Recessive autosomal disorder

From The School of Biomedical Sciences Wiki
Jump to: navigation, search

A recessive autosomal disorder is a genetic disorder caused by a genome containing two recessive alleles, one inherited from the mother and one from the father[1] . The word autosome shows that the gene is located on one of the organisms autosomes[2] as opposed to on a sex chromosome.For offspring to display this type of disorder the parents must have either been carriers having one recessive and one wildtype allele or have suffered from the recessive autosomal disorder also.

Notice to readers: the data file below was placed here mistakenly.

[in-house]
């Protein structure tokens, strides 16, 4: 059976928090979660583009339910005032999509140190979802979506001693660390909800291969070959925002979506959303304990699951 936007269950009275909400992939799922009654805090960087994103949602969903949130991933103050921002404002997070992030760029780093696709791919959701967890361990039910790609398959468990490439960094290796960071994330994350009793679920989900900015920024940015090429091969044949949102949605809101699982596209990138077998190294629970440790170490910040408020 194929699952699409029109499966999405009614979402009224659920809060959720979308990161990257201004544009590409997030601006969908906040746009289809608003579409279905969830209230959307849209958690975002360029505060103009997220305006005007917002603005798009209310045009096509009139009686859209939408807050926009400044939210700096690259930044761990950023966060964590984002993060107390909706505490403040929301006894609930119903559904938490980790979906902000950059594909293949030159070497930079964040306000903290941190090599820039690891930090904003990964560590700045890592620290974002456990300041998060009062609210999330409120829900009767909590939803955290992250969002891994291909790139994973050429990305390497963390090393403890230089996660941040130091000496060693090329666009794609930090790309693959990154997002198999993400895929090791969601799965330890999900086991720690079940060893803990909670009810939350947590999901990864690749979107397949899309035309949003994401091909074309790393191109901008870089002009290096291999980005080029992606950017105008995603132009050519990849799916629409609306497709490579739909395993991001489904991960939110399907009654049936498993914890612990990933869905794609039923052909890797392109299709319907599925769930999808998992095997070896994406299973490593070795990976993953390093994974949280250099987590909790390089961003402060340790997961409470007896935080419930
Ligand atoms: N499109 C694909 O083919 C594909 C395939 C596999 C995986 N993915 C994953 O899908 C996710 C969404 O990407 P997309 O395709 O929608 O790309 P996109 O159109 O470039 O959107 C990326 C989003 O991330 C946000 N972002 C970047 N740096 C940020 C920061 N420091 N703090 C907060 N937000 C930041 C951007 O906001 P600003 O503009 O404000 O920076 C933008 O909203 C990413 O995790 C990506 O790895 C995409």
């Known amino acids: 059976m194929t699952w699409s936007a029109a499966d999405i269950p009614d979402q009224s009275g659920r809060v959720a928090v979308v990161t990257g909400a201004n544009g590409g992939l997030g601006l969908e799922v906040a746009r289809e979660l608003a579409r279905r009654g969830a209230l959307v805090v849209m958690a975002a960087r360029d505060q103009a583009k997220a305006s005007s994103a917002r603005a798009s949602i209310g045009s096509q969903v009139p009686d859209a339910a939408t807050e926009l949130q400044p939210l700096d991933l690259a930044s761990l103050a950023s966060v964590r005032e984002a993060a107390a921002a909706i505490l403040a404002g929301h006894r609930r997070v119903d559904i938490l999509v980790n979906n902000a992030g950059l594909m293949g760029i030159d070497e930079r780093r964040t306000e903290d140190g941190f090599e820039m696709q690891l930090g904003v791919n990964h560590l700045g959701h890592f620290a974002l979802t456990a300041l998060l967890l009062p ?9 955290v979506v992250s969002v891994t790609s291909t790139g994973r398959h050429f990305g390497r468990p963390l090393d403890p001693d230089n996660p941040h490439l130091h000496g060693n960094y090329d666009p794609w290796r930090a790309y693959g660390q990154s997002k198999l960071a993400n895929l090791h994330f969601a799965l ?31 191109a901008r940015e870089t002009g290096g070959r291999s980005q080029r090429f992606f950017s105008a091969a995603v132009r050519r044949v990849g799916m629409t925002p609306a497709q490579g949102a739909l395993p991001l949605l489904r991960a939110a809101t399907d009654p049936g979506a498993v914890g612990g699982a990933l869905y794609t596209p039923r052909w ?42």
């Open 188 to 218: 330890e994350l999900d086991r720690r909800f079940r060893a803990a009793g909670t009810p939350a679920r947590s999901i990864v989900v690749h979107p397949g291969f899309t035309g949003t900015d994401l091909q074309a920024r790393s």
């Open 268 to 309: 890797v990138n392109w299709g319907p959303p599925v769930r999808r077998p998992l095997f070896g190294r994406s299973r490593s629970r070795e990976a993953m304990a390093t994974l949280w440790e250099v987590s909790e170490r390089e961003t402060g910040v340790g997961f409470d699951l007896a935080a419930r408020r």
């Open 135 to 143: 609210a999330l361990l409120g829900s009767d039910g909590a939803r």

If both parents are a carrier of the disorder then there is a 1/4 chance that the child will be born with the autosomal recessive disorder. This can be shown through genetic crossing on a punnett square:

F f
f Ff ff

In this punnett square (F) is dominant meaning no disorder is coded for and (f) is recessive and this allele codes for the disorder. The cross shows that when two carriers with the genotype (Ff) have a child there is only 25% chance of the child having the autosomal recessive disorder compared to 50% chance of them being a carrier and 25% chance of no recessive alleles at all.

Examples of recessive autosomal disorders[3]:


  1. Clark, Heather MS (2014) , Autosomal Recessive: (last accessed 27.11.14)
  2. Genetics Home Reference (2014): Autosome, accessed 27.11.14
  3. Goodman S (1998) Table of genetic disorders, accessed 27.11.14
Personal tools